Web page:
Consider the following number-guessing game:

- Player A thinks of a 4-digit secret integer between the range of 1000 and 9999, inclusive.
- Player B formulates a guess with regard to the value of the secret number.
- Player A reveals how many digits in the guess match those in the secret number.

(*A "match" consists of a correct digit at the correct position.*) - If player B's guess matched all four digits, the game is over. Otherwise, go back to step (2) above.

Write a Java program that can play the role of player B efficiently, using only a small number of guesses on average to discover the secret number.

Some starter code is provided, which has a main method that handles user interactions. Complete in the implementation for the constructor and the following methods:

`public int myGuessIs()`

Tthis method returns a guess. It should return -1 if there is no available guess (see notes below).`public int totalNumGuesses()`

This method returns the total number of guesses the program has taken -- in other words, the total number of calls to myGuessIs().`public void updateMyGuess (int nmatches)`

This method performs some updates based on the number of matches input by the user, and prepares for the next number to guess.

The number of matches one inputs must be an integer between $0$ and $4$. If it's not, the program will report an invalid input and prompt the user to input the number of matches again.

If the user intentionally or unintentionally reports the number of matches incorreclty, be aware this could eventually cause the program to run out of available guesses. In this case, the `myGuessIs()`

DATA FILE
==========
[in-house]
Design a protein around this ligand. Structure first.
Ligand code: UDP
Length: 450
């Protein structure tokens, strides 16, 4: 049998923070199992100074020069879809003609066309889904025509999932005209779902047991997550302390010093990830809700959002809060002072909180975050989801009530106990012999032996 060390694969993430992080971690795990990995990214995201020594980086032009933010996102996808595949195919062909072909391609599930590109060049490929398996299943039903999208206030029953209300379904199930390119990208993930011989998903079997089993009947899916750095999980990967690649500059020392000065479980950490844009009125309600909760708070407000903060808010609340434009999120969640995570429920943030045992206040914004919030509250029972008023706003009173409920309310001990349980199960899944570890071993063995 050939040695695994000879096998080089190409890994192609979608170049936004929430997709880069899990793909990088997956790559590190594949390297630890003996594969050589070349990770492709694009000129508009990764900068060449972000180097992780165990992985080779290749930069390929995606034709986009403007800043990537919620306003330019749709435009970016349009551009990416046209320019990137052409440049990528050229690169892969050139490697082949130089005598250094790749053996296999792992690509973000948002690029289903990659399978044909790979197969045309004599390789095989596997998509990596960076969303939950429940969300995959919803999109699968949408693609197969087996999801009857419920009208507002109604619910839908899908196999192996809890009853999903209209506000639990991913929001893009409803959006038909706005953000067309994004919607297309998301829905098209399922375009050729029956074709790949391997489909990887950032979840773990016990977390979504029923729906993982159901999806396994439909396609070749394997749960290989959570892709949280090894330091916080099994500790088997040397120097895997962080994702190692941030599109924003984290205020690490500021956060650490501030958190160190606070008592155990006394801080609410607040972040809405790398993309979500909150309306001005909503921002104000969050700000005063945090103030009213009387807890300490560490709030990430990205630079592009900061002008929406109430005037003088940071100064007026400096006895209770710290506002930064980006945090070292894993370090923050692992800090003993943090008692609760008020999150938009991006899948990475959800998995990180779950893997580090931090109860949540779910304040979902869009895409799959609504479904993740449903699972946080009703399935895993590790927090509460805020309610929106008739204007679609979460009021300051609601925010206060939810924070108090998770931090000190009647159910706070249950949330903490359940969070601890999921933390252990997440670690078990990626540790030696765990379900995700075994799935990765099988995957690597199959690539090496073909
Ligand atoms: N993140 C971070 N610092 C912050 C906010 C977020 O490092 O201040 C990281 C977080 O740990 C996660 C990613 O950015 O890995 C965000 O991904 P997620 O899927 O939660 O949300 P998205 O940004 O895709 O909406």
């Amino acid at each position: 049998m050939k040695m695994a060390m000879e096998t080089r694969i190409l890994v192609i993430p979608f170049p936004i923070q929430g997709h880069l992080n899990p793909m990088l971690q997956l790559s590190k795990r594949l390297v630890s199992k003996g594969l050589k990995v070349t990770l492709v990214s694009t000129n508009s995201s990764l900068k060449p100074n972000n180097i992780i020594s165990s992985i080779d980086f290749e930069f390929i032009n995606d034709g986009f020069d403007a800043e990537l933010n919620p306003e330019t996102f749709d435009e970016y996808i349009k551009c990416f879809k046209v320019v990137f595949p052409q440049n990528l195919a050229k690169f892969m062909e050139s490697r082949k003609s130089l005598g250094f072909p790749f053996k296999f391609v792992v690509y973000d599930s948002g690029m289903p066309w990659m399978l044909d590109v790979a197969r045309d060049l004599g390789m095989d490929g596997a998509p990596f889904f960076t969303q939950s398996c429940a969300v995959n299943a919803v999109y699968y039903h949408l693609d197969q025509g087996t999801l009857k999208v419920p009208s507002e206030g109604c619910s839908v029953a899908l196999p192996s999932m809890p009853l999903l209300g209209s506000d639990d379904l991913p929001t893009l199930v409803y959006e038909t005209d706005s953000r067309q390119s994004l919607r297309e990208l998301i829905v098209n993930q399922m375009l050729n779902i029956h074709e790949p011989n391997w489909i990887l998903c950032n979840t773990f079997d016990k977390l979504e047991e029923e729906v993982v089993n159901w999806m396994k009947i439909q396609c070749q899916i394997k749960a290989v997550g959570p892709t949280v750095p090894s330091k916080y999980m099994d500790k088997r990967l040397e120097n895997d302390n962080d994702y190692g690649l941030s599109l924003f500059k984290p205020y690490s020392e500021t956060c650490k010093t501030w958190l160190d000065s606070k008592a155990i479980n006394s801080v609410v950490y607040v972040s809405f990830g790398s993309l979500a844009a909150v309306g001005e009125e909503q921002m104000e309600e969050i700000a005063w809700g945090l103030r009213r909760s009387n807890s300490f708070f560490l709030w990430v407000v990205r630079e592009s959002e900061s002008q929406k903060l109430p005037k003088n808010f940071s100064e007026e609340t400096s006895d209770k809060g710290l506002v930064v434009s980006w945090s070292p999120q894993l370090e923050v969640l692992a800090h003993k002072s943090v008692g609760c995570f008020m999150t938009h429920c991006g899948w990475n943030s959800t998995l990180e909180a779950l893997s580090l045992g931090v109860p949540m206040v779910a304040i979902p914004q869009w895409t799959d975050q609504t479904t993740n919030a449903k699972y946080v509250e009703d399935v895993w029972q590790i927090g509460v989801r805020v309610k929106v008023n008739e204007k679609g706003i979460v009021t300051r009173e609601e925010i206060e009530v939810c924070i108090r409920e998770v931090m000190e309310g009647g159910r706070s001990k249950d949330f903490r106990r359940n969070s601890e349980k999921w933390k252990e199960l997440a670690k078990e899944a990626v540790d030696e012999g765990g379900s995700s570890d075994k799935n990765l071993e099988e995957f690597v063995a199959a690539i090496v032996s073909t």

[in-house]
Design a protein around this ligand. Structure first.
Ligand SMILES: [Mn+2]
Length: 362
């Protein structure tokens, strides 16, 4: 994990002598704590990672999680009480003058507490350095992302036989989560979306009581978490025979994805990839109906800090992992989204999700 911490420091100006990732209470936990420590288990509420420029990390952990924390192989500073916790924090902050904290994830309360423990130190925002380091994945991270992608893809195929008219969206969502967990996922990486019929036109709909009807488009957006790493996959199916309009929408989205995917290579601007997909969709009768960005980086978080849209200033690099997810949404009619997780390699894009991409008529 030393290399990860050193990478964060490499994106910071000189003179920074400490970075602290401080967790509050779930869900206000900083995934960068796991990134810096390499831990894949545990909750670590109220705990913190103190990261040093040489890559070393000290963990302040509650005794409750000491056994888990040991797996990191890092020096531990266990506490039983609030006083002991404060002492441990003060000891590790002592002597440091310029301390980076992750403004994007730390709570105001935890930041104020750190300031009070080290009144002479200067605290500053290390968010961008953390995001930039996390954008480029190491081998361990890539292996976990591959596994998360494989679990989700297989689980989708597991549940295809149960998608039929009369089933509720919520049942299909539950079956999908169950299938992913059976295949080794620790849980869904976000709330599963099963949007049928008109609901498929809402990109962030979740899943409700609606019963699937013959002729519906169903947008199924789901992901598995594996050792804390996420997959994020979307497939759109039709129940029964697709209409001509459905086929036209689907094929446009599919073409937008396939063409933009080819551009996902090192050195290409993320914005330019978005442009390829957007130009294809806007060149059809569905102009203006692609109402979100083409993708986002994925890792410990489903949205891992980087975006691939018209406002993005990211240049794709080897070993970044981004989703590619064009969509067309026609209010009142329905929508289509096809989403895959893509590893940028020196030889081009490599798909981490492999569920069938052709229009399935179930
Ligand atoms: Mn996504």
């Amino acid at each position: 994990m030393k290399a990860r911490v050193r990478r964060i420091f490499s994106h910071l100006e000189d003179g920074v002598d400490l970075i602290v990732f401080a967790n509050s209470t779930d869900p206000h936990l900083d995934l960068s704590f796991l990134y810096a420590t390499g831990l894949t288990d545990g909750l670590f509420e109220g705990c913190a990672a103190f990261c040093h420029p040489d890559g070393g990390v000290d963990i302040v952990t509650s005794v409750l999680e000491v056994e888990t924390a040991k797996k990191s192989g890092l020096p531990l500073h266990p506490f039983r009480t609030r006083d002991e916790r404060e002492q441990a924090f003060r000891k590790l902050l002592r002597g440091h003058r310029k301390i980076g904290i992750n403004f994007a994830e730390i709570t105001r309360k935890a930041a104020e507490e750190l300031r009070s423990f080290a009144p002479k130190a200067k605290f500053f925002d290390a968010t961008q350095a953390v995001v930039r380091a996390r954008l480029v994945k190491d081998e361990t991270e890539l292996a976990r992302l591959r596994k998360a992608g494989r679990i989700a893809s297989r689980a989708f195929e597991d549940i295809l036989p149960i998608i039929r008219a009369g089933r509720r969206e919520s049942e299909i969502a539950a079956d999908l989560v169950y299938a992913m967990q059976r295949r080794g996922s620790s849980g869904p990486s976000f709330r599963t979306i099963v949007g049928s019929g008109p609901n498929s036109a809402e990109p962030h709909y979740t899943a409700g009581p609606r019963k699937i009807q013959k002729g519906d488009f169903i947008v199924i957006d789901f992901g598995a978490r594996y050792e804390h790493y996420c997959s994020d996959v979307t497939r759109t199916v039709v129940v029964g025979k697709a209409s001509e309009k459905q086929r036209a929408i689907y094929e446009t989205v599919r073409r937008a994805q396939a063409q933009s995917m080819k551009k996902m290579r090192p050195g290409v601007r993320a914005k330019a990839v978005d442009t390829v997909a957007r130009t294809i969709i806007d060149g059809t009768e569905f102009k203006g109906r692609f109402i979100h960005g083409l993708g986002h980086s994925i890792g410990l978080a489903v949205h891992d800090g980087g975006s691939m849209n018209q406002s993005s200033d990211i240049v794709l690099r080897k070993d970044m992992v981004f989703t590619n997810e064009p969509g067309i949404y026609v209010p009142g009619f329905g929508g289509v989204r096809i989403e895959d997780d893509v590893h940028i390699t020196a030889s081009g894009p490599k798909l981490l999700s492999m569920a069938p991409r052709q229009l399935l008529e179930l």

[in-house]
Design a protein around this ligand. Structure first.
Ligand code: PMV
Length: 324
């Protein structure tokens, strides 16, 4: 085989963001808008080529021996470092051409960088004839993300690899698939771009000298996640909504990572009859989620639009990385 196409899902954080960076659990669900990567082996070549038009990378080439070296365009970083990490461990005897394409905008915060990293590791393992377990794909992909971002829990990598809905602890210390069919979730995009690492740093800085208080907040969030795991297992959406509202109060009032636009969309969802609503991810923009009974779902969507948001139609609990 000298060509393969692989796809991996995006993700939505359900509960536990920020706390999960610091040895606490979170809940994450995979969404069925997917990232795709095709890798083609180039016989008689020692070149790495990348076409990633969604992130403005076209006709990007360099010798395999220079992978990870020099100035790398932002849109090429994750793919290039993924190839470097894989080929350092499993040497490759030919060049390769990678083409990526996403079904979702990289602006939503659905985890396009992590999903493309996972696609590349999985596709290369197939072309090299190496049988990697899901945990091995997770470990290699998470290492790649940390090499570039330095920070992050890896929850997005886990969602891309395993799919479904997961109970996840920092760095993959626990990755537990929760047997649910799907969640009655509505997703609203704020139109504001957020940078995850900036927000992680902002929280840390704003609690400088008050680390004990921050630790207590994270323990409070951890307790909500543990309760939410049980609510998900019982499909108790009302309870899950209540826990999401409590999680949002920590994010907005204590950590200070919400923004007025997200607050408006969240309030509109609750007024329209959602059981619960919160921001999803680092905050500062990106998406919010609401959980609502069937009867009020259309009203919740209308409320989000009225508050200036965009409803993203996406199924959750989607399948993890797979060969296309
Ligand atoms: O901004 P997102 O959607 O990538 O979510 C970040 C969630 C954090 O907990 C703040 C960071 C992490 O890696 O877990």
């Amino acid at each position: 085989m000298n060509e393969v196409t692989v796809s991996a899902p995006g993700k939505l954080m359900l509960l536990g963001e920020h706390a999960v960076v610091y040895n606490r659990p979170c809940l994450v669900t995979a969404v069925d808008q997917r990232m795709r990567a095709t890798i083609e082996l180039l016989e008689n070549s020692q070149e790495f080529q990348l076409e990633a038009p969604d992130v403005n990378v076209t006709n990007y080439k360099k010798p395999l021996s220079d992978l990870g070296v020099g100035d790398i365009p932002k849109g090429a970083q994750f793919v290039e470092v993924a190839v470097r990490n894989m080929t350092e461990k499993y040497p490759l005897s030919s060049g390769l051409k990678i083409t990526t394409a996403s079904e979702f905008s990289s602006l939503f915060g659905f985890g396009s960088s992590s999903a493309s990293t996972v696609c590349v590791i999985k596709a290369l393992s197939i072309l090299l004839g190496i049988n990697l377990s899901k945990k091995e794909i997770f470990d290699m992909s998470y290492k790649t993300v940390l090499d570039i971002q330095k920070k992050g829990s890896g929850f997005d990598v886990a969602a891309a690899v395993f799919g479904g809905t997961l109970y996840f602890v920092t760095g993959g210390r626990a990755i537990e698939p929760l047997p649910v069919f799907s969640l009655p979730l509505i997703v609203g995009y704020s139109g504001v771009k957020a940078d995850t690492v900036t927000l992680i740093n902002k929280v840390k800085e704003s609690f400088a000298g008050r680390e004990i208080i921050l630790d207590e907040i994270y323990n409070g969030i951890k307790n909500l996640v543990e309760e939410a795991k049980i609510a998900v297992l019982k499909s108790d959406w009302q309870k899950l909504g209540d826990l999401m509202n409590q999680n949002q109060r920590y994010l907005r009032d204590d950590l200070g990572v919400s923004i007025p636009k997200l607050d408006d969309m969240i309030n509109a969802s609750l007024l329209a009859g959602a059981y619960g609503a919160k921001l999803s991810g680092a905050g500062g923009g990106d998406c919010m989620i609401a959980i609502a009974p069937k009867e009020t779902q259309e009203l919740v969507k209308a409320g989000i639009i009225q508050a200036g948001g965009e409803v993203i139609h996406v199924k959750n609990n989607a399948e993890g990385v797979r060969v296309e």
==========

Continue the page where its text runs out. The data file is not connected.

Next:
function should return $-1$, indicating either the secret number does not exist, or the number of matches was mis-reported at some point.

A trivial algorithm could take a guess continuously from $1000$ to $9999$, ignoring the number of matches provided by the user. But this is terribly inefficient, as it could lead to thousands of guesses. Here is a better solution for the number-guessing game: prepare an ArrayList that contains all possible 4-digit numbers that are available guesses. Initially this ArrayList will contain all integers between $1000$ to $9999$ inclusive. The algorithm then randomly picks a number from the array as the first guess, let's call it `my guess`

. The user then compares it with the number in her mind, and provides the number of matches, let's say there are $n$ matches. Next, the program will scan through all numbers currently in the ArrayList, compare each of them with myguess, and delete those that do not result in the same number of matches. Intuitively, the program tries to eliminate numbers that cannot possibly be the correct answer. After this round, the ArrayList will become shorter, and the program will repeat the same steps as above, until it either succeeds in guessing, or the ArrayList becomes empty, indicating that the user must have miscalculated the number of matches at some point.

Let's say 5432 is the number you have in mind. The program takes a guess, say, 9876, and you tell the program that there are 0 matching digits. This actually gives the program a lot of information: for example, 9111 could not possibly be the secret number because it has 1 match with 9876. In fact, any number that has 9 in the first position cannot possibly be the secret number. So all you need to do is to eliminate numbers according to the current guess and the number of matches provided by the user. The pool of available guesses will shrink very quickly after each round.